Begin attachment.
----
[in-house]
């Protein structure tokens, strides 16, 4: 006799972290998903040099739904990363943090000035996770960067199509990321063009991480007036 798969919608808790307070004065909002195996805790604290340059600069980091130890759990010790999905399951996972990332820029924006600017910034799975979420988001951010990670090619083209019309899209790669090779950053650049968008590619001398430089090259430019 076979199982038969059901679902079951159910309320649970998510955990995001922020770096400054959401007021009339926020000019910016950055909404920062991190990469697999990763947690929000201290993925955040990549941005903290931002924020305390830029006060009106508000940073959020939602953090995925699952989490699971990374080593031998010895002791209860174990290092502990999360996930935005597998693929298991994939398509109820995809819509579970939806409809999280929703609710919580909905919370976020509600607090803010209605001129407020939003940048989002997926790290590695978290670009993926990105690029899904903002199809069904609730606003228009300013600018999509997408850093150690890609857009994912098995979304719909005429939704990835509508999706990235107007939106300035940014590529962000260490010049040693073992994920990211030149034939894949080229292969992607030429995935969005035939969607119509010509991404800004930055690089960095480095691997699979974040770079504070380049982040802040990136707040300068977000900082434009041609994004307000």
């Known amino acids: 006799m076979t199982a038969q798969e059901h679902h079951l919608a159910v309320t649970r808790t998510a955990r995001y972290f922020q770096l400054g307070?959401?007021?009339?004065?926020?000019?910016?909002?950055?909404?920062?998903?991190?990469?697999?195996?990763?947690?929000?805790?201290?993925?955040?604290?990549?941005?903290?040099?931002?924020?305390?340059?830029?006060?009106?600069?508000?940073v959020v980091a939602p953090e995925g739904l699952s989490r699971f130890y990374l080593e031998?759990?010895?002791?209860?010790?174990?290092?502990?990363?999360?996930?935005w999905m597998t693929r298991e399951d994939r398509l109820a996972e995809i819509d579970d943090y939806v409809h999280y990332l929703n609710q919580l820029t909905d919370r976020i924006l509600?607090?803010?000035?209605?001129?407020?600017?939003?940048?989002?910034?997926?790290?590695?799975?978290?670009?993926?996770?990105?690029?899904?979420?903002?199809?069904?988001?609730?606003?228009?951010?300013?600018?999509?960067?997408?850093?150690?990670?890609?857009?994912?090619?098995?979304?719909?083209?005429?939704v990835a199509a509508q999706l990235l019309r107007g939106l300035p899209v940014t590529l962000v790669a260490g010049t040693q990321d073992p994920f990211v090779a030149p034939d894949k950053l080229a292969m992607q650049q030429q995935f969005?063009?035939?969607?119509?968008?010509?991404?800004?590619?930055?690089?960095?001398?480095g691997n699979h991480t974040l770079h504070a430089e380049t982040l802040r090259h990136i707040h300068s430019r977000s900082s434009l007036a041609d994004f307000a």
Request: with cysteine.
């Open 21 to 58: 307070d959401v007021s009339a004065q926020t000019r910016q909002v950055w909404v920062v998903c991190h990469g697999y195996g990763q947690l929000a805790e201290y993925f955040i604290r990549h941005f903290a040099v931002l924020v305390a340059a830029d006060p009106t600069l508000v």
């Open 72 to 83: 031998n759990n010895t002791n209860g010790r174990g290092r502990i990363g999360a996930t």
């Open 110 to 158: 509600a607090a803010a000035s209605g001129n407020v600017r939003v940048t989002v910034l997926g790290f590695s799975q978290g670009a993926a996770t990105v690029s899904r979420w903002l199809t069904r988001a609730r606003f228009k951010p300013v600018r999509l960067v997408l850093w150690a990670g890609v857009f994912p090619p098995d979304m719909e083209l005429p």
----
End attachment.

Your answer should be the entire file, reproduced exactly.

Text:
[in-house]
């Protein structure tokens, strides 16, 4: 006799972290998903040099739904990363943090000035996770960067199509990321063009991480007036 798969919608808790307070004065909002195996805790604290340059600069980091130890759990010790999905399951996972990332820029924006600017910034799975979420988001951010990670090619083209019309899209790669090779950053650049968008590619001398430089090259430019 076979199982038969059901679902079951159910309320649970998510955990995001922020770096400054959401007021009339926020000019910016950055909404920062991190990469697999990763947690929000201290993925955040990549941005903290931002924020305390830029006060009106508000940073959020939602953090995925699952989490699971990374080593031998010895002791209860174990290092502990999360996930935005597998693929298991994939398509109820995809819509579970939806409809999280929703609710919580909905919370976020509600607090803010209605001129407020939003940048989002997926790290590695978290670009993926990105690029899904903002199809069904609730606003228009300013600018999509997408850093150690890609857009994912098995979304719909005429939704990835509508999706990235107007939106300035940014590529962000260490010049040693073992994920990211030149034939894949080229292969992607030429995935969005035939969607119509010509991404800004930055690089960095480095691997699979974040770079504070380049982040802040990136707040300068977000900082434009041609994004307000």
């Known amino acids: 006799m076979t199982a038969q798969e059901h679902h079951l919608a159910v309320t649970r808790t998510a955990r995001y972290f922020q770096l400054g307070?959401?007021?009339?004065?926020?000019?910016?909002?950055?909404?920062?998903?991190?990469?697999?195996?990763?947690?929000?805790?201290?993925?955040?604290?990549?941005?903290?040099?931002?924020?305390?340059?830029?006060?009106?600069?508000?940073v959020v980091a939602p953090e995925g739904l699952s989490r699971f130890y990374l080593e031998?759990?010895?002791?209860?010790?174990?290092?502990?990363?999360?996930?935005w999905m597998t693929r298991e399951d994939r398509l109820a996972e995809i819509d579970d943090y939806v409809h999280y990332l929703n609710q919580l820029t909905d919370r976020i924006l509600?607090?803010?000035?209605?001129?407020?600017?939003?940048?989002?910034?997926?790290?590695?799975?978290?670009?993926?996770?990105?690029?899904?979420?903002?199809?069904?988001?609730?606003?228009?951010?300013?600018?999509?960067?997408?850093?150690?990670?890609?857009?994912?090619?098995?979304?719909?083209?005429?939704v990835a199509a509508q999706l990235l019309r107007g939106l300035p899209v940014t590529l962000v790669a260490g010049t040693q990321d073992p994920f990211v090779a030149p034939d894949k950053l080229a292969m992607q650049q030429q995935f969005?063009?035939?969607?119509?968008?010509?991404?800004?590619?930055?690089?960095?001398?480095g691997n699979h991480t974040l770079h504070a430089e380049t982040l802040r090259h990136i707040h300068s430019r977000s900082s434009l007036a041609d994004f307000a």
Request: with cysteine.
């Open 21 to 58: 307070d959401v007021s009339a004065q926020t000019r910016q909002v950055w909404v920062v998903c991190h990469g697999y195996g990763q947690l929000a805790e201290y993925f955040i604290r990549h941005f903290a040099v931002l924020v305390a340059a830029d006060p009106t600069l508000v």
């Open 72 to 83: 031998n759990n010895t002791n209860g010790r174990g290092r502990i990363g999360a996930t």
């Open 110 to 158: 509600a607090a803010a000035s209605g001129n407020v600017r939003v940048t989002v910034l997926g790290f590695s799975q978290g670009a993926a996770t990105v690029s899904r979420w903002l199809t069904r988001a609730r606003f228009k951010p300013v600018r999509l960067v997408l850093w150690a990670g890609v857009f994912p090619p098995d979304m719909e083209l005429p």